• apoptosis;
  • biocontrol yeast;
  • Cryptococcus laurentii;
  • sodium citrate


Aim:  To provide the observation that sodium citrate induced apoptosis in biocontrol yeast Cryptococcus laurentii.

Methods and Results:  The viability of the yeast cells was evaluated using the percentage of colony-forming units (CFU) of treated cells. The induction of cell death was dependent on the concentration of sodium citrate and exhibited typical apoptotic markers such as phosphatidylserine (PS) translocation as shown by annexin V coupled with fluorescein isothiocyanate (FITC) labelling and DNA fragmentation as detected by TdT-mediated dUTP-biotin nick end labelling (TUNEL) assay. The annexin V-positive cells reached the maximum (14·8%) on the third day, whereas TUNEL-positive cells increased gradually from 5·92 to 27·9% within 5 days of incubation in sodium citrate. In addition, confocal laser microscopy and flow cytometric analysis revealed that the induction of apoptosis was associated with the production of reactive oxygen species (ROS) that reached the highest intracellular level in the first day, before the peak of the early event (PS exposure) in apoptosis. The apoptosis was delayed by the addition of antioxidant glutathione (GSH), suggesting that ROS generated in this process plays a key role in the regulation of the apoptosis in C. laurentii cells.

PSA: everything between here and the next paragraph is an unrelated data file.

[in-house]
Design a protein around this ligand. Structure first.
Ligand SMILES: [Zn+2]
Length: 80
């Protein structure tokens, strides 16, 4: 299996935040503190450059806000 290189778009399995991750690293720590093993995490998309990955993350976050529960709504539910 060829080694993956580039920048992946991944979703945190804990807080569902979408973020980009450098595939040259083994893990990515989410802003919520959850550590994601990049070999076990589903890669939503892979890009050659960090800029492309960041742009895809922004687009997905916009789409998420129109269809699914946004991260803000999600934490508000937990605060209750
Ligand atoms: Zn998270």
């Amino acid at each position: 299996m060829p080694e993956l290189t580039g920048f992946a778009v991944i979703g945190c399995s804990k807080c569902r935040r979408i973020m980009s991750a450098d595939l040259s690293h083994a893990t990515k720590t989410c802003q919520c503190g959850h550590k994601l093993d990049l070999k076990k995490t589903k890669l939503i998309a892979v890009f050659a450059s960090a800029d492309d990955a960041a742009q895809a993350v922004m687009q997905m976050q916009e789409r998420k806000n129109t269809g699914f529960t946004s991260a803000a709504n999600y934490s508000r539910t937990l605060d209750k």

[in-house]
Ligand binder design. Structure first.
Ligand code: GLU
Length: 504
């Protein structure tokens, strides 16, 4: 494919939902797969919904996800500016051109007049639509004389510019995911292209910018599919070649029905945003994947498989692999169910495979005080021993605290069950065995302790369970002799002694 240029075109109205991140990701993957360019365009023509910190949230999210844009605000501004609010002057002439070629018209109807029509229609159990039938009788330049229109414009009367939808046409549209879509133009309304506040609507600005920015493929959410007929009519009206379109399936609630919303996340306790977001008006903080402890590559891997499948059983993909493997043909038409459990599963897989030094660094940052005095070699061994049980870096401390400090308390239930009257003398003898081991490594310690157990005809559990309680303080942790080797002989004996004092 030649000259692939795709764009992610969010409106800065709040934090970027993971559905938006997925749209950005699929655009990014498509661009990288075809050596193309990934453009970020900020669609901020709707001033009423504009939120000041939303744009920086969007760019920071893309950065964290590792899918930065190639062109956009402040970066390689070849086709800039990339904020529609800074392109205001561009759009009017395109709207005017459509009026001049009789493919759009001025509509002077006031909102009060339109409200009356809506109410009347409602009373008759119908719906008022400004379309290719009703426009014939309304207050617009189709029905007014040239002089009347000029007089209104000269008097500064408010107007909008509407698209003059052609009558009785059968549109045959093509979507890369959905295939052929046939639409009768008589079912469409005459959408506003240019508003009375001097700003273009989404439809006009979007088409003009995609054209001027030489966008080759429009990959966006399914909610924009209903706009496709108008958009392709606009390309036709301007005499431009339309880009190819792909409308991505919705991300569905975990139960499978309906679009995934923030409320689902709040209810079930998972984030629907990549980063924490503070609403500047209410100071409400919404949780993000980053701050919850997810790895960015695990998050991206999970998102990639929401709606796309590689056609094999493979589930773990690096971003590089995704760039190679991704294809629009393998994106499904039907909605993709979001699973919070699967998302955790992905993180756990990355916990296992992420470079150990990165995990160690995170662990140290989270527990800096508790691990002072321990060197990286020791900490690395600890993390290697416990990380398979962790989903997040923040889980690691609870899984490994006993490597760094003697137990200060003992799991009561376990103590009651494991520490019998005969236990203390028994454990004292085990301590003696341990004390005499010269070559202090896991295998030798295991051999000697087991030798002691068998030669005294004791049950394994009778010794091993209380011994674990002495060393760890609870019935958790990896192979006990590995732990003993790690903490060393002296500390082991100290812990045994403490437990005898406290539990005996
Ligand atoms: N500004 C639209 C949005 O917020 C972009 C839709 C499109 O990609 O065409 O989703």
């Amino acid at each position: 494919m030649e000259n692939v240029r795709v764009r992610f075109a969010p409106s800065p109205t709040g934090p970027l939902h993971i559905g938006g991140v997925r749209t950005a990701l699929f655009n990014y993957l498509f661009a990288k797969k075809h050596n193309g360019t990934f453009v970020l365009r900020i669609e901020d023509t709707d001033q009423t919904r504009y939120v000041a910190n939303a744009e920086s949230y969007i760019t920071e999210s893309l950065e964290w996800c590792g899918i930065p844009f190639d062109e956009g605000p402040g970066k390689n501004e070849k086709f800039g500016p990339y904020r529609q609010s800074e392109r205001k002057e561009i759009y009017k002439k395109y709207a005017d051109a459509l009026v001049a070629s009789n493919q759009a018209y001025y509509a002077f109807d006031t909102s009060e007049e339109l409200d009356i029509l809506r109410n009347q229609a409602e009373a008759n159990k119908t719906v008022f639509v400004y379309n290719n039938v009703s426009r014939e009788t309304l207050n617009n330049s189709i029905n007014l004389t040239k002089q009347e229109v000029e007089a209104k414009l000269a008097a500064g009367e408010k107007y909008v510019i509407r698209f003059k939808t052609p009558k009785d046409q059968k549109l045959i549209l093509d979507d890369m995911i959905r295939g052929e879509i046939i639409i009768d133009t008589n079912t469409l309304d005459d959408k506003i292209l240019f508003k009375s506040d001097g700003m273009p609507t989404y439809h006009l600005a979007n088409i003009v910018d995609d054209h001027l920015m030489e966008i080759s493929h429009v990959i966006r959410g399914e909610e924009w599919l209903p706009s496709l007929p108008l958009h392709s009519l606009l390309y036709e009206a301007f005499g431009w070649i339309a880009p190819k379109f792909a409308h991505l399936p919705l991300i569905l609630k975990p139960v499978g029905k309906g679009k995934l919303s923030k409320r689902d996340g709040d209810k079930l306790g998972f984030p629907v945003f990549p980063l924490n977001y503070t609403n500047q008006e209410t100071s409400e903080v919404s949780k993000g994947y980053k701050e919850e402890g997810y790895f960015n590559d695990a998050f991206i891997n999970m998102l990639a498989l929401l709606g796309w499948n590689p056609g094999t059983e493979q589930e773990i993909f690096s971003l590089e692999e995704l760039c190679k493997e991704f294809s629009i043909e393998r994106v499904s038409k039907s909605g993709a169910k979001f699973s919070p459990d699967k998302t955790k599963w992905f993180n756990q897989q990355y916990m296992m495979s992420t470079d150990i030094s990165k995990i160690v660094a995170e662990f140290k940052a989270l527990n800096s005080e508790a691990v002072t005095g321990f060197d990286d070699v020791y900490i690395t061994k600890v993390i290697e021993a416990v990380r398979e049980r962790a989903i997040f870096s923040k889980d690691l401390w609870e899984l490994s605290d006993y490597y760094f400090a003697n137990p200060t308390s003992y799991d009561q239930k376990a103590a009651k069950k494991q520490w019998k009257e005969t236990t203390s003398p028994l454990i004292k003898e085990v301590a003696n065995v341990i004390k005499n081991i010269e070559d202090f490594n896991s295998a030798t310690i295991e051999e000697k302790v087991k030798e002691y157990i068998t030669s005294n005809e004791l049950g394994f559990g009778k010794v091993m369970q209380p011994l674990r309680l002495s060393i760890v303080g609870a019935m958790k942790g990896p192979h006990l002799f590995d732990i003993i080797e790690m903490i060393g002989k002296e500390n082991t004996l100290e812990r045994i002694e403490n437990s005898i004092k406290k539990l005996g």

Conclusions:  This study indicated that the apoptotic signals in C. laurentii are dependent on citrate ions and/or sodium ions, the concentration and initial acidity of sodium citrate. Induction of ROS in response to sodium citrate plays a significant role in apoptosis.

Significance and Impact of the Study:  Yeast Cryptococcus laurentii has been selected as an effective biocontrol indicator for the postharvest diseases because of its competition for nutrients and space with the pathogen in the wound of fruits. This study presents a convenient method for commercial production of yeast as biocontrol agent.